A Reflection on 50 Years in Manufacturing
Miles Free III shares his stories and the lessons learned over 50 years in manufacturing.
by Miles Free III
Director of Industry Affairs, PMPA
Published October 1, 2023
Literally everything in the sinter plant was lethal in some fashion: horsepower of the conveyor belts, toxicity of the dusts, contact with hot sinter, high voltage in the controls. Even the spillage we were shoveling was slippery and could cause you to fall into moving equipment. Guards were in place around everything, as were cable limit switches to affect an immediate disconnect of equipment to power.
Lesson learned — When everything around you can kill you, paying attention to safety is the first priority.
I moved up to blast furnace burden clerk in 1976 where I had to prepare a daily report of the hot metal (iron) produced by our blast furnaces. It was arithmetic, how much did the ladle car weigh “empty” and how much after tap, and then weight of all cars summed for the day.
But to report this involved using a machine with a rotating drum to clip in the paper that connected to the handset of our dial telephone to transmit the report to corporate headquarters.
This machine — it was called a fax machine — required that a very soft pencil be used to assure maximum contrast and would take about three minutes to scan and send the document to the machine on the other end. This was an amazing labor savings compared to having to teletype the entire report, as was done previously.
Lesson learned — New technology is your friend and frees you up to do more valuable work.
I transferred to the Lorain Cuyahoga works in 1978 in anticipation of the Youngstown mills being closed. One of the reasons for the closing of the steel mills in Mahoning County was a new rule from a new agency called the EPA. The EPA was created by Richard Nixon on December 2, 1970, to protect human health and the environment.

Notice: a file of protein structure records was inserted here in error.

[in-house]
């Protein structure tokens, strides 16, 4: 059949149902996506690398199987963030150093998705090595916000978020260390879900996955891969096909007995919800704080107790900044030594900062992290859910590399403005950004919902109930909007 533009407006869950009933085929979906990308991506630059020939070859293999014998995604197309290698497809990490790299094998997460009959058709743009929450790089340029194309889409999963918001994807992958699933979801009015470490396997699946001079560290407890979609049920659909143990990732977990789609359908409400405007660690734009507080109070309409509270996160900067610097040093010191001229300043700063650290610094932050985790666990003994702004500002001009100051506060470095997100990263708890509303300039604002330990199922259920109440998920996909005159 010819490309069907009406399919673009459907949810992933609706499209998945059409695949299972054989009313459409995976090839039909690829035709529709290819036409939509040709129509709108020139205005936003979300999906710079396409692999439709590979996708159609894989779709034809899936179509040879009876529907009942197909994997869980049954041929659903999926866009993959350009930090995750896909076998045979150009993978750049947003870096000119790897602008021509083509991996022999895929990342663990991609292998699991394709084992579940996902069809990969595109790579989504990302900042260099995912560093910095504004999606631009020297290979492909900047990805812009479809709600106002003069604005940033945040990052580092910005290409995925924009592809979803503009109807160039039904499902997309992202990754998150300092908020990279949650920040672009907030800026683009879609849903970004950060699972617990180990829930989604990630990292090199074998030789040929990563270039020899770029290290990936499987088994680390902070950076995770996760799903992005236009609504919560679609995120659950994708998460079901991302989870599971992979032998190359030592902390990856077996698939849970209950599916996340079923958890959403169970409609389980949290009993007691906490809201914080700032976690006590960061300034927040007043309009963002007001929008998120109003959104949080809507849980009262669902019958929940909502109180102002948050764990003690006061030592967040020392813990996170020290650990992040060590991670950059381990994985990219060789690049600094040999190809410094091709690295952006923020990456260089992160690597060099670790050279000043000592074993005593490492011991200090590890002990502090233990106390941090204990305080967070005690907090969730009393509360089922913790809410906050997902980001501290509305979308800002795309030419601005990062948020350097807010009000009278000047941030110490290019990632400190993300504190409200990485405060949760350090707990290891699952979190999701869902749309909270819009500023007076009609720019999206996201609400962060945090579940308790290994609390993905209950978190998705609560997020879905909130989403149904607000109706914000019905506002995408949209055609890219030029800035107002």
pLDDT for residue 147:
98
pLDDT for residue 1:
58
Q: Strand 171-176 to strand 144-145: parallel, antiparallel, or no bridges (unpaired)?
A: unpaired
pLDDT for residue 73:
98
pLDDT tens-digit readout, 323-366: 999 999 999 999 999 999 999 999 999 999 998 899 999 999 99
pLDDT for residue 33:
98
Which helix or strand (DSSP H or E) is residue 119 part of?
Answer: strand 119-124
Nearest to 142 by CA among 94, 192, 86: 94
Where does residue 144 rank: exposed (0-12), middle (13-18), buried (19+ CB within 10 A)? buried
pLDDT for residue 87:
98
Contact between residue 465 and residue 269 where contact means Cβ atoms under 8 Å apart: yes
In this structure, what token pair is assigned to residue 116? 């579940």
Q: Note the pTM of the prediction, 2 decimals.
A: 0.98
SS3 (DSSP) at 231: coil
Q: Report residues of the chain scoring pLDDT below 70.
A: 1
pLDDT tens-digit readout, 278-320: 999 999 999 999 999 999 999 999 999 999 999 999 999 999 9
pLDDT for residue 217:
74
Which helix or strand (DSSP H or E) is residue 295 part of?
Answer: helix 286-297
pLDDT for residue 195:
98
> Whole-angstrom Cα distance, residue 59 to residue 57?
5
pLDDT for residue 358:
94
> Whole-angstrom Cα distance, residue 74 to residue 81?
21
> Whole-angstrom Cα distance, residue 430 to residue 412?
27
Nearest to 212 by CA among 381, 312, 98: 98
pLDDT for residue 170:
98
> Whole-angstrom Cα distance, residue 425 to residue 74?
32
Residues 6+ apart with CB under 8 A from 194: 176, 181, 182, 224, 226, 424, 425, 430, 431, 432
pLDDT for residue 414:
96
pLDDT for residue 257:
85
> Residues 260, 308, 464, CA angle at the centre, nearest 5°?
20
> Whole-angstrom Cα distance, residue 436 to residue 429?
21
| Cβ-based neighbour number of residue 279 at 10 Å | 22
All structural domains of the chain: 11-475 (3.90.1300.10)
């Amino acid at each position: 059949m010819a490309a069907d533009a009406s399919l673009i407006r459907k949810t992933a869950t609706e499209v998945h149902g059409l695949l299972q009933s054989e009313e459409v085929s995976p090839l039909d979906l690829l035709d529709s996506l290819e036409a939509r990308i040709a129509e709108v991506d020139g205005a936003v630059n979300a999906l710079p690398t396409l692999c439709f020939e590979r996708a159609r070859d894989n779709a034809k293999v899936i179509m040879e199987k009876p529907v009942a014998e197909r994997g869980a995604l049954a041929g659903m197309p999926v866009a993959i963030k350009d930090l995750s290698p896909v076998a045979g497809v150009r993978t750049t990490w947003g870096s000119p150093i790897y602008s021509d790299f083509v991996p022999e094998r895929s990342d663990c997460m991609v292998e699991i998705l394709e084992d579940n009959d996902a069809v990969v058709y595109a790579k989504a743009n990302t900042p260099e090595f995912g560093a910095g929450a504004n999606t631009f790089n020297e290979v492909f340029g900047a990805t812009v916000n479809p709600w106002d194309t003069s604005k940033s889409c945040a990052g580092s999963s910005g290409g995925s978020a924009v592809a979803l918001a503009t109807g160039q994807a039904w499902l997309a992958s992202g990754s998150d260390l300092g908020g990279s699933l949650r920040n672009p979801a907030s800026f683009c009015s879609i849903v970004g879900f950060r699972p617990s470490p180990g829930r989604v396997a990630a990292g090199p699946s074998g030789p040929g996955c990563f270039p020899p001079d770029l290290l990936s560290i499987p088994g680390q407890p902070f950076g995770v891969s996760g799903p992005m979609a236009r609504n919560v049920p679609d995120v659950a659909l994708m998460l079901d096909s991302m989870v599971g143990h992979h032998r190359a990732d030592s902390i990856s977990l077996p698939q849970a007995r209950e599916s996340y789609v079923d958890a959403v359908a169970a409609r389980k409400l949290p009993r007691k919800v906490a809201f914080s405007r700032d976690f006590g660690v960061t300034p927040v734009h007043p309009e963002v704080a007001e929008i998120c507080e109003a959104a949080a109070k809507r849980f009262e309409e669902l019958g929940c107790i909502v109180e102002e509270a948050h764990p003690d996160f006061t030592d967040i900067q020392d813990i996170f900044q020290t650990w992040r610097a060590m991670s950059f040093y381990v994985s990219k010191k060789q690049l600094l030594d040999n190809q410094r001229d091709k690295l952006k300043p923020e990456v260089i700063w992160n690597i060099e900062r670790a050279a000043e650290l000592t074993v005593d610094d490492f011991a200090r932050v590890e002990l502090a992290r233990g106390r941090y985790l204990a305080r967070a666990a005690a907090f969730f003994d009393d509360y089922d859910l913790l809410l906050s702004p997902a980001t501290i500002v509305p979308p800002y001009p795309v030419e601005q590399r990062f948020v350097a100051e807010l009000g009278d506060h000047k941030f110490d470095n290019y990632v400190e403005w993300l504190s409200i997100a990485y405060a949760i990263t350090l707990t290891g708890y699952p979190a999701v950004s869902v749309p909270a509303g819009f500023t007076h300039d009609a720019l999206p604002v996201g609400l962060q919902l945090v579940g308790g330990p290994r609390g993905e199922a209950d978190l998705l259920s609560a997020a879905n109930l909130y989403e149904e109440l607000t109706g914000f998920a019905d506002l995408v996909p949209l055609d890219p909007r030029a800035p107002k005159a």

The Clean Water Act of 1972 (actually a compendium of amendments to the 1948 Federal Water Pollution Control Act) sounded the death knell for the steel plants that discharged both thermal and chemical loads into the Mahoning River. The river — which had never frozen in winter in my family’s memory over three generations — was now being held to what was called a “cold water fishery standard.”
At Lorain, I started once again back in the labor gang, moved to mobile equipment operator, then department clerk, before getting a chance to go into environmental engineering. At Lorain, the Coke plant was threatened with shutdowns if we didn’t find a way to significantly reduce visible air emissions. I was part of the team created to develop and implement a new process called stage charging, and the emissions were brought to a level that allowed the coke plant to operate for many more years.
Lesson learned — Sustainability isn’t bad, but we have to manage for the greatest good, not the immediate and expedient outcome that we think we want.
Quality — Threat Becomes Opportunity